The surround action doesn't ruin multi-carets anymore. Also, we've added surround with function, which means that the caret will be placed before the brackets, not after: put the name of the function here. Notice, you can just type "bion" to put get_AuthorByIdOrName function.
DataGrip now supports search path in PostgreSQL, meaning you can add schemas one by one in the switcher of the console. The console has a list of schemas to look in. If there are two tables with the same name in different schemas, the first one will be used. Thus, the order is important: move schemas in the search path with the mouse or Alt+Arrows.
We've added completion for database names in the connection dialog. Make sure you're logged into the server, then press Ctrl(Cmd)+Space.
For those who had problems connecting to SQL Server, we published a small tutorial covering the most common issues.
Recompile Objects in Oracle
We've fixed some bugs in the recompiling packages and added a way to recompile any DB object. Well, it has to be recompilable, of course — procedures, views, types, triggers, etc. There is a possibility to recompile only invalid objects in the group, too.
Now you can dump multiple tables and even the entire schema, which means that any data (not only result-sets), can be exported to CSV, JSON, or a list of INSERT/UPDATE statements.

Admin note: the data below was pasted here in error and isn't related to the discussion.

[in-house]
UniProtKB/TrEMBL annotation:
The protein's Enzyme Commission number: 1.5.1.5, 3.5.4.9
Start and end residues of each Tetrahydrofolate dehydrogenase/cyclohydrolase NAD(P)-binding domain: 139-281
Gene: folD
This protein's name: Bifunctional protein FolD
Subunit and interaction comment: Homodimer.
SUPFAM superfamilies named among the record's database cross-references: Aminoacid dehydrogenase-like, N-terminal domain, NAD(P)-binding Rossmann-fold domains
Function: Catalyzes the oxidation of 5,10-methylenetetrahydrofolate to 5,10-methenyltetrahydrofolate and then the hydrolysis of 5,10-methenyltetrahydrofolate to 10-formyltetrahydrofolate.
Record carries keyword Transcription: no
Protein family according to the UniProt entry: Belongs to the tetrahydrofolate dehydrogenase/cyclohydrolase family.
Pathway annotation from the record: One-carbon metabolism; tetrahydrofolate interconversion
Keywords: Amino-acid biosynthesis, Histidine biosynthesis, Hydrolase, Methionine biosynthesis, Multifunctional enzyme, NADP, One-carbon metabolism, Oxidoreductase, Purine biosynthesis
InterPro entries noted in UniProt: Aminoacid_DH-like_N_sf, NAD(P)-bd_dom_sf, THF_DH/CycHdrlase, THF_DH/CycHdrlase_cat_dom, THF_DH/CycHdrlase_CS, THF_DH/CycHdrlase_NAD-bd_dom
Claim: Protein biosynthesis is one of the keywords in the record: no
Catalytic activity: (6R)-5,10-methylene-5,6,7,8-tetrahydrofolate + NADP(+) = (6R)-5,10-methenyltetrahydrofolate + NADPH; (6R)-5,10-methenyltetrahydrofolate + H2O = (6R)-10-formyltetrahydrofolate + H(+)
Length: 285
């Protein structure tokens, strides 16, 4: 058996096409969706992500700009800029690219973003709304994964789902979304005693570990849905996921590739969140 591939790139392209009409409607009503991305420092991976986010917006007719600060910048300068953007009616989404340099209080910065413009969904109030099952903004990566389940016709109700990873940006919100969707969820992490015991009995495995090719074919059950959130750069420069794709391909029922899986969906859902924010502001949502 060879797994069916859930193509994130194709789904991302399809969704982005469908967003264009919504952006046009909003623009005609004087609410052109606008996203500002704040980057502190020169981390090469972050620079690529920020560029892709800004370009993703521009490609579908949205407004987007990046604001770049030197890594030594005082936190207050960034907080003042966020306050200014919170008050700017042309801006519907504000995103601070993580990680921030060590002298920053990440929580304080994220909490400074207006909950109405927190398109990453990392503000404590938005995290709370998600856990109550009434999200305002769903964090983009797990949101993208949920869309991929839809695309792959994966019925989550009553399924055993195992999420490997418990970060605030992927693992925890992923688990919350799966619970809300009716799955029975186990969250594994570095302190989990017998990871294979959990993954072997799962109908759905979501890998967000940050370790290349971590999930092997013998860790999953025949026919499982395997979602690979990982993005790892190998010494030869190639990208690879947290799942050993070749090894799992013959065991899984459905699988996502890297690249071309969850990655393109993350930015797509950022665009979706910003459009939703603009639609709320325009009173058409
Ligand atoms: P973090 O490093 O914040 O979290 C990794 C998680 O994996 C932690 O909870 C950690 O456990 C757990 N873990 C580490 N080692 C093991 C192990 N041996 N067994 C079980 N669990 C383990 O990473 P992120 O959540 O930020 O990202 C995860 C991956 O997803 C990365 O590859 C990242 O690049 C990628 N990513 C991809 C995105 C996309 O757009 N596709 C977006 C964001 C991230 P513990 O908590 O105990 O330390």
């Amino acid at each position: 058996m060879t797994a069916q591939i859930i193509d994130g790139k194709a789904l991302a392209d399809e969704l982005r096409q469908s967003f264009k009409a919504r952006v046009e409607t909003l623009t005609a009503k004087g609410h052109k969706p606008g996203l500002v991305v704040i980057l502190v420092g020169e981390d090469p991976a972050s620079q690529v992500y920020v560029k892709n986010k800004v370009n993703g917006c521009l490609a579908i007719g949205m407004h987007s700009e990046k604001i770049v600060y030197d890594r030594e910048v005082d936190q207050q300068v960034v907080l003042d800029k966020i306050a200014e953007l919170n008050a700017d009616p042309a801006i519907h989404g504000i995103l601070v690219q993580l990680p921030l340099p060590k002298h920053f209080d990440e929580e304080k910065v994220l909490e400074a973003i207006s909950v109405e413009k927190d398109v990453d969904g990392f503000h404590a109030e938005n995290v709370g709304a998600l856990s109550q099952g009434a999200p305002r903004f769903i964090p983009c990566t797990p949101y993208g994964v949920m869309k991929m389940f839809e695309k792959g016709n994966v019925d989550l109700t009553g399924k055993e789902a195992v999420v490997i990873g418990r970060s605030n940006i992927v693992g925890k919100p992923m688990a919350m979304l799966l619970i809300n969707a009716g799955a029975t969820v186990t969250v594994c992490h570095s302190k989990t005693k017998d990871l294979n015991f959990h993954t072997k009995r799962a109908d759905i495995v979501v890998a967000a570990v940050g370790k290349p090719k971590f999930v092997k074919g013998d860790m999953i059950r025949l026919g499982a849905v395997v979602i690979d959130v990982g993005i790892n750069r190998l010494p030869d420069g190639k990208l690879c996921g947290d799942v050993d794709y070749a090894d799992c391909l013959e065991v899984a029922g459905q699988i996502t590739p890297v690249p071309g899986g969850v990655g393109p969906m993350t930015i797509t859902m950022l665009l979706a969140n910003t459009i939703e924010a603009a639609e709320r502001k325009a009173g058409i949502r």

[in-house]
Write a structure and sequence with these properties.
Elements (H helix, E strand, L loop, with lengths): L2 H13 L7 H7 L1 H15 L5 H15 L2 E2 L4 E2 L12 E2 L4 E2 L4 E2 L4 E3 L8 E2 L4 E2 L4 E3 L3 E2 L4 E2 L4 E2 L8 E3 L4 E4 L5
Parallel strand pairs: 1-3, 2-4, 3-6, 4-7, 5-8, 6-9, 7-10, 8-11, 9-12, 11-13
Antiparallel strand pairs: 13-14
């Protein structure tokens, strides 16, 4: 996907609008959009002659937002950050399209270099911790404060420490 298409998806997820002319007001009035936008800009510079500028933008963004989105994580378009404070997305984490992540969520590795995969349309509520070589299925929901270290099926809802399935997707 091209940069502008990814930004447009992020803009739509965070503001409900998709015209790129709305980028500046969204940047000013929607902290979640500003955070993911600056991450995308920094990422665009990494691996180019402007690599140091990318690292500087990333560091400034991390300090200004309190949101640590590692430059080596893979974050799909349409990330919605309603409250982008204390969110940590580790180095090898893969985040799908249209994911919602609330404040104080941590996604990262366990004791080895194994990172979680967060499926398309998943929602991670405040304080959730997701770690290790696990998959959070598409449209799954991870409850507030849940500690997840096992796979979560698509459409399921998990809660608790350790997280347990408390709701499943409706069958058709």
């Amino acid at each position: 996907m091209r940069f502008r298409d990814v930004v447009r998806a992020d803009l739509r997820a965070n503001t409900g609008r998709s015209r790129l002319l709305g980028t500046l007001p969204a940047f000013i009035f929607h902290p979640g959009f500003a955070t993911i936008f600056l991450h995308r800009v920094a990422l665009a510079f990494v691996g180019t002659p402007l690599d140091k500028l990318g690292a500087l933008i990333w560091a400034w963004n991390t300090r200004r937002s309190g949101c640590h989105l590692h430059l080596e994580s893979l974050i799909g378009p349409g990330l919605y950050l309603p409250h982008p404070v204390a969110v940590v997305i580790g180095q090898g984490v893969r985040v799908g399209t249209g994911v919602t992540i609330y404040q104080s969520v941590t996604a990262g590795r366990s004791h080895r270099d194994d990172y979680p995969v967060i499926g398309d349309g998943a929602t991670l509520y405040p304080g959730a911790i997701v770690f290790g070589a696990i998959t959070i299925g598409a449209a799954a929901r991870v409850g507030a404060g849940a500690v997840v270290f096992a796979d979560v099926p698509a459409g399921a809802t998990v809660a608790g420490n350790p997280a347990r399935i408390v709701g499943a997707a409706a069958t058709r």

We've also added a small new feature that will help you make DataGrip look different: Set any image as the background of your IDE. Add the folder with the picture to the Files panel, then choose SetBackground Image from the context menu. Or just choose Set Background Image from Find Action by Ctrl(Cmd) + Shift + A.
And that's not all! Here's a short list of other improvements:
- Copying SSH and SSL settings copies the password as well.
- *.sql files are associated with DataGrip on Windows and also can be opened from the "Open with" context menu.
- Fixed DBE-569: an important bug involving timed-out connections on MySQL.
- The Database tool window now provides the option Auto-scroll from Editor.
- If you use auto-completion, if there are identical names, DataGrip will qualify the name of the object automatically.
- Go to source works from the preview in Find in path.
- Inserting the selected keyword in completion via ";" and "," doesn't insert a space anymore.
- CTE support has been improved — we parse it, even unfinished.
- Aggregate functions in ORDER BY are not highlighted as errors.
- The same for PREVIOUS VALUE in DB2.
- Test connection UI has been improved.
Now is the moment to try all of this! Get your 30-day trial of DataGrip today if you haven't before, or just test new features if you already use DataGrip. And while you are trying 2016.2, we are already working on 2016.3, expected this fall. Stay in touch!
Published at DZone with permission of Max Sobolevskiy. See the original article here.